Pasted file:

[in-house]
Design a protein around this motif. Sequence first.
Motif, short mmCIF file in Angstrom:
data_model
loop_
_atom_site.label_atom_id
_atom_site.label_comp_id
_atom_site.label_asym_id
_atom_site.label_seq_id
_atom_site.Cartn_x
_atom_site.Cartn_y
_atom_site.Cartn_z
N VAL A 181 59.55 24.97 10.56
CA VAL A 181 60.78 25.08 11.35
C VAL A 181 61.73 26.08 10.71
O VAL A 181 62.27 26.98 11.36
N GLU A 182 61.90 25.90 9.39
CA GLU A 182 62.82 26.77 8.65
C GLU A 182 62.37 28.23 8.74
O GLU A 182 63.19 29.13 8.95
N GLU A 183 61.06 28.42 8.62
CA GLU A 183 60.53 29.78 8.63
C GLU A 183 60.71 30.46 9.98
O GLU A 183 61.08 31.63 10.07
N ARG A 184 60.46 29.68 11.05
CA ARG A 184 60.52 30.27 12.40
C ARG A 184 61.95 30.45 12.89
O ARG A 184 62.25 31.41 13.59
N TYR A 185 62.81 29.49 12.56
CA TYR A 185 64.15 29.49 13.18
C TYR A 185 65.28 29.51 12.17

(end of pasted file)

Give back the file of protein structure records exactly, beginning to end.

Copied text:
[in-house]
Design a protein around this motif. Sequence first.
Motif, short mmCIF file in Angstrom:
data_model
loop_
_atom_site.label_atom_id
_atom_site.label_comp_id
_atom_site.label_asym_id
_atom_site.label_seq_id
_atom_site.Cartn_x
_atom_site.Cartn_y
_atom_site.Cartn_z
N VAL A 181 59.55 24.97 10.56
CA VAL A 181 60.78 25.08 11.35
C VAL A 181 61.73 26.08 10.71
O VAL A 181 62.27 26.98 11.36
N GLU A 182 61.90 25.90 9.39
CA GLU A 182 62.82 26.77 8.65
C GLU A 182 62.37 28.23 8.74
O GLU A 182 63.19 29.13 8.95
N GLU A 183 61.06 28.42 8.62
CA GLU A 183 60.53 29.78 8.63
C GLU A 183 60.71 30.46 9.98
O GLU A 183 61.08 31.63 10.07
N ARG A 184 60.46 29.68 11.05
CA ARG A 184 60.52 30.27 12.40
C ARG A 184 61.95 30.45 12.89
O ARG A 184 62.25 31.41 13.59
N TYR A 185 62.81 29.49 12.56
CA TYR A 185 64.15 29.49 13.18
C TYR A 185 65.28 29.51 12.17